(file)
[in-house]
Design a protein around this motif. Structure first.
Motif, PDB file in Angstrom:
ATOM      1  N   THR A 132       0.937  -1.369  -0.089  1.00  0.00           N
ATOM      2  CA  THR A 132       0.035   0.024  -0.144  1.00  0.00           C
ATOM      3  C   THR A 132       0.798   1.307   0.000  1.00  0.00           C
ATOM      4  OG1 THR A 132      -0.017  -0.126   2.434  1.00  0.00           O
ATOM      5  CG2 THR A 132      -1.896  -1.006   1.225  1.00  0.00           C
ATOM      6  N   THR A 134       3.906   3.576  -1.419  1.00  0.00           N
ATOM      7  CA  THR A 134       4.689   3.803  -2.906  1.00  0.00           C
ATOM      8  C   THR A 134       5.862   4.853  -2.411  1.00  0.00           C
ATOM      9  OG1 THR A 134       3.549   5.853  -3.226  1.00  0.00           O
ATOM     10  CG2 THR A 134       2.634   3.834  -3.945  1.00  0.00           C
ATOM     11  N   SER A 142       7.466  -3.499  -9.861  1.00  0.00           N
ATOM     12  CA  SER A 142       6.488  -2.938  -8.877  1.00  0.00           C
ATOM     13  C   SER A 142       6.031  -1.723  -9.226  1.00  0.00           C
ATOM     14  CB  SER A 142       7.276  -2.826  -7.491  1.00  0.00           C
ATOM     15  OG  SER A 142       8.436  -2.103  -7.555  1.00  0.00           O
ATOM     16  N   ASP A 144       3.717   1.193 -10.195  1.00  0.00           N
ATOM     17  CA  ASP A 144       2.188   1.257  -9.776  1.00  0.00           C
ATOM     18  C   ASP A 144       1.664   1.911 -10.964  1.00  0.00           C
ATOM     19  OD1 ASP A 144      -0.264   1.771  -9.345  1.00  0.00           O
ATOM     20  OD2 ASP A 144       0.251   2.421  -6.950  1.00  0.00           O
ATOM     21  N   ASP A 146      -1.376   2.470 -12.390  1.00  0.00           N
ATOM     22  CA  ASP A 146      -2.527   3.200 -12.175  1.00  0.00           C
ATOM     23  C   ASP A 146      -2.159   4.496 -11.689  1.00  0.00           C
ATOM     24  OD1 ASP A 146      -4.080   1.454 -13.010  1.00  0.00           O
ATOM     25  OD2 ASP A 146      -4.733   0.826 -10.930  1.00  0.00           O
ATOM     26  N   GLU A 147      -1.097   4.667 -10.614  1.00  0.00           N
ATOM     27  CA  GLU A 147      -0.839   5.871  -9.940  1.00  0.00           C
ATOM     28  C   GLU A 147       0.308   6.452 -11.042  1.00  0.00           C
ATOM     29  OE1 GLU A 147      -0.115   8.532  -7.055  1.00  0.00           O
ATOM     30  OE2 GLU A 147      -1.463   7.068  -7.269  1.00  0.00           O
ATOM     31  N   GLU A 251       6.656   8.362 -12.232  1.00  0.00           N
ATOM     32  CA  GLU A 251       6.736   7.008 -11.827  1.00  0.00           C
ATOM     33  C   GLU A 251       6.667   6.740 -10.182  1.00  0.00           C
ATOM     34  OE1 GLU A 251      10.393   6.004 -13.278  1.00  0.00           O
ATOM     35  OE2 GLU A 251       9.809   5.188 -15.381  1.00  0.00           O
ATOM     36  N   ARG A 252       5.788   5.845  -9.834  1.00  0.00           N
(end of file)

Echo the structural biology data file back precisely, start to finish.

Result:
[in-house]
Design a protein around this motif. Structure first.
Motif, PDB file in Angstrom:
ATOM      1  N   THR A 132       0.937  -1.369  -0.089  1.00  0.00           N
ATOM      2  CA  THR A 132       0.035   0.024  -0.144  1.00  0.00           C
ATOM      3  C   THR A 132       0.798   1.307   0.000  1.00  0.00           C
ATOM      4  OG1 THR A 132      -0.017  -0.126   2.434  1.00  0.00           O
ATOM      5  CG2 THR A 132      -1.896  -1.006   1.225  1.00  0.00           C
ATOM      6  N   THR A 134       3.906   3.576  -1.419  1.00  0.00           N
ATOM      7  CA  THR A 134       4.689   3.803  -2.906  1.00  0.00           C
ATOM      8  C   THR A 134       5.862   4.853  -2.411  1.00  0.00           C
ATOM      9  OG1 THR A 134       3.549   5.853  -3.226  1.00  0.00           O
ATOM     10  CG2 THR A 134       2.634   3.834  -3.945  1.00  0.00           C
ATOM     11  N   SER A 142       7.466  -3.499  -9.861  1.00  0.00           N
ATOM     12  CA  SER A 142       6.488  -2.938  -8.877  1.00  0.00           C
ATOM     13  C   SER A 142       6.031  -1.723  -9.226  1.00  0.00           C
ATOM     14  CB  SER A 142       7.276  -2.826  -7.491  1.00  0.00           C
ATOM     15  OG  SER A 142       8.436  -2.103  -7.555  1.00  0.00           O
ATOM     16  N   ASP A 144       3.717   1.193 -10.195  1.00  0.00           N
ATOM     17  CA  ASP A 144       2.188   1.257  -9.776  1.00  0.00           C
ATOM     18  C   ASP A 144       1.664   1.911 -10.964  1.00  0.00           C
ATOM     19  OD1 ASP A 144      -0.264   1.771  -9.345  1.00  0.00           O
ATOM     20  OD2 ASP A 144       0.251   2.421  -6.950  1.00  0.00           O
ATOM     21  N   ASP A 146      -1.376   2.470 -12.390  1.00  0.00           N
ATOM     22  CA  ASP A 146      -2.527   3.200 -12.175  1.00  0.00           C
ATOM     23  C   ASP A 146      -2.159   4.496 -11.689  1.00  0.00           C
ATOM     24  OD1 ASP A 146      -4.080   1.454 -13.010  1.00  0.00           O
ATOM     25  OD2 ASP A 146      -4.733   0.826 -10.930  1.00  0.00           O
ATOM     26  N   GLU A 147      -1.097   4.667 -10.614  1.00  0.00           N
ATOM     27  CA  GLU A 147      -0.839   5.871  -9.940  1.00  0.00           C
ATOM     28  C   GLU A 147       0.308   6.452 -11.042  1.00  0.00           C
ATOM     29  OE1 GLU A 147      -0.115   8.532  -7.055  1.00  0.00           O
ATOM     30  OE2 GLU A 147      -1.463   7.068  -7.269  1.00  0.00           O
ATOM     31  N   GLU A 251       6.656   8.362 -12.232  1.00  0.00           N
ATOM     32  CA  GLU A 251       6.736   7.008 -11.827  1.00  0.00           C
ATOM     33  C   GLU A 251       6.667   6.740 -10.182  1.00  0.00           C
ATOM     34  OE1 GLU A 251      10.393   6.004 -13.278  1.00  0.00           O
ATOM     35  OE2 GLU A 251       9.809   5.188 -15.381  1.00  0.00           O
ATOM     36  N   ARG A 252       5.788   5.845  -9.834  1.00  0.00           N